Japan–Korea Treaty of 1885
The Japan–Korea Treaty of 1885, also known as the Treaty of Hanseong (Japanese: 漢城条約 Hepburn: Kanjō Jōyaku?) with Hanseong (Hangul: 한성; hanja: 漢城) being a historical name for Seoul, was negotiated between Japan and Korea following an unsuccessful coup d'état in the Korean capital in December 1884.
A coup d'état, also known as the Gapsin Coup, was attempted on December 4, 1884. The timing of the coup took advantage of the fact that the Chinese withdrew half of its garrison troops from Seoul.
After only three days, the revolt was suppressed by Chinese military forces which were garrisoned in the Korean capital city of Hanseong (Seoul). During the conflict, the Japanese legation building was burned down, and forty Japanese were killed.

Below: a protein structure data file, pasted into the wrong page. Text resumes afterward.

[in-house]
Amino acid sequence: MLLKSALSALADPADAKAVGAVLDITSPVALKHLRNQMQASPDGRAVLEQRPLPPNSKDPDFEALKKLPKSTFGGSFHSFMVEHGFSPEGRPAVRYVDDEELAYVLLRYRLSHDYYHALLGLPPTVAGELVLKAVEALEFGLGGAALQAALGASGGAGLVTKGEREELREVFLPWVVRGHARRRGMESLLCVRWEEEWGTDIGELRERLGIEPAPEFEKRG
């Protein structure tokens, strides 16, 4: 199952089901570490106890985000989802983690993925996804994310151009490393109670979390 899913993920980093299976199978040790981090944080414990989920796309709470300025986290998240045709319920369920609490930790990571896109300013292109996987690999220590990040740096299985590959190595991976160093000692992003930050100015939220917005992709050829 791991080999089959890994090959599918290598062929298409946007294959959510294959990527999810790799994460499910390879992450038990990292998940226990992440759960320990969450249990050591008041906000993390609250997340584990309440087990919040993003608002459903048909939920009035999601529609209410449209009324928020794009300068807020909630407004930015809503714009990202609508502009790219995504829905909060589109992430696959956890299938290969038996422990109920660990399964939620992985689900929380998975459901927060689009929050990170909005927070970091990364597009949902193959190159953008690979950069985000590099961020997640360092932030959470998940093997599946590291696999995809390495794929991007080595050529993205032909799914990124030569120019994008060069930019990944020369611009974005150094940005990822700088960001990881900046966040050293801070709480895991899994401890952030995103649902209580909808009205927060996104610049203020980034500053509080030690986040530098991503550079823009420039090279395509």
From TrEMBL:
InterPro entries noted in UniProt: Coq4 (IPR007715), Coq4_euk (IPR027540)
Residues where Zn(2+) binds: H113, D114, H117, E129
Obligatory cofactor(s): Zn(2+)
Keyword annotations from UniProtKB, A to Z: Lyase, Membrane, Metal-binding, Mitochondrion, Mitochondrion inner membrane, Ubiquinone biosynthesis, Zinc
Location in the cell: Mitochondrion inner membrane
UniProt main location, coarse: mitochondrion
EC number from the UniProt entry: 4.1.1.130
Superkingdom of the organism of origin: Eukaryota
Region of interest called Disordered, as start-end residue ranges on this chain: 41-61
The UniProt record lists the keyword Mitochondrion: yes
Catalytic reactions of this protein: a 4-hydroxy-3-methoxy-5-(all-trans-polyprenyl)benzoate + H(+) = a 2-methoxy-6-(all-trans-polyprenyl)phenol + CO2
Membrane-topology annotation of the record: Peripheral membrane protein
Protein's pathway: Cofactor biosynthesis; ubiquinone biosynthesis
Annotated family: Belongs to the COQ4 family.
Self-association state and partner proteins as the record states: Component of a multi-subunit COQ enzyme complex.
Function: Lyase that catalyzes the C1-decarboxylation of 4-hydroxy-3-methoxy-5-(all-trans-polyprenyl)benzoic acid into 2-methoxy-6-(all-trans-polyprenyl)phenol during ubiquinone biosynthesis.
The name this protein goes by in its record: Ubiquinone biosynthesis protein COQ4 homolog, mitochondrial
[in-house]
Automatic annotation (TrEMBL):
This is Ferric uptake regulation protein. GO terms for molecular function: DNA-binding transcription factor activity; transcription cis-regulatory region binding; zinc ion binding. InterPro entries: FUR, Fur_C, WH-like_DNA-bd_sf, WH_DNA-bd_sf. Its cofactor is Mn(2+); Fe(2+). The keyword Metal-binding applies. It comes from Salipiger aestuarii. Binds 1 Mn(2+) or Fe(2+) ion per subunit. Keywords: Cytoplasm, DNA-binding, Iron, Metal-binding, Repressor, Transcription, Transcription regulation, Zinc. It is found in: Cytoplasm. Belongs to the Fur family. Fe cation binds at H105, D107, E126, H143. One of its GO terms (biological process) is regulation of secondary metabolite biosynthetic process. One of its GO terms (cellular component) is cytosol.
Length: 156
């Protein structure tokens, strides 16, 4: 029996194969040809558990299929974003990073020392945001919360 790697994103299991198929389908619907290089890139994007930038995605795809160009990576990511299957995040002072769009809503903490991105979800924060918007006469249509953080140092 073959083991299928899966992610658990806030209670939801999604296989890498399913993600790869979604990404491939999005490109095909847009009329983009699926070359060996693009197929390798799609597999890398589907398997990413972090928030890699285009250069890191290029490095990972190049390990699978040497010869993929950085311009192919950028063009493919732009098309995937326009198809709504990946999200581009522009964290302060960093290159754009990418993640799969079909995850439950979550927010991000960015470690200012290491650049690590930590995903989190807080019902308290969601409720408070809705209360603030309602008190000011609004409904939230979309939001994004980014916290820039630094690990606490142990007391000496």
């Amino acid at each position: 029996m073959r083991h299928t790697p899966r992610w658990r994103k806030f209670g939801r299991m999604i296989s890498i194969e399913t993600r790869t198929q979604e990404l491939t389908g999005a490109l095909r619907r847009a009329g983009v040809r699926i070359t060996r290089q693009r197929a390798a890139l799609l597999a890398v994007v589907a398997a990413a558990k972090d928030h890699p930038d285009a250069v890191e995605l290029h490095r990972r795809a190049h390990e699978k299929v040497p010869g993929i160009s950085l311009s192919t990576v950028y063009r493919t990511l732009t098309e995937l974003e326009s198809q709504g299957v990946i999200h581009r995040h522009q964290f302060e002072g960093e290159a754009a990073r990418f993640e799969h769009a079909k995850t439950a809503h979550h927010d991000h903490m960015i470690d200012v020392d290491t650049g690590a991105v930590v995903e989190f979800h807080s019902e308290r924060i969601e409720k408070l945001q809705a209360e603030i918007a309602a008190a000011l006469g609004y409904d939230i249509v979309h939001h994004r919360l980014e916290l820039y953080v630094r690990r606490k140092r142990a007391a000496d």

The Japanese government demanded and received an apology and reparations.
In an effort to defuse tensions over Korea, both Japan and China agreed to withdraw their troops from Korea in the Convention of Tientsin of April 1885.
- The Gapsin Coup takes its name from the traditional Korean sexagenary cycle of dating. "Gapsin" is a counterpart to the year 1884 in the Gregorian calendar.
- Kim, Chun-gil. (2005). The History of Korea, p. 109., p. 109, at Google Books
- Duus, Peter. (1995). The Abacus and the Sword: The Japanese Penetration of Korea, 1895-1910, p. 84., p. 84, at Google Books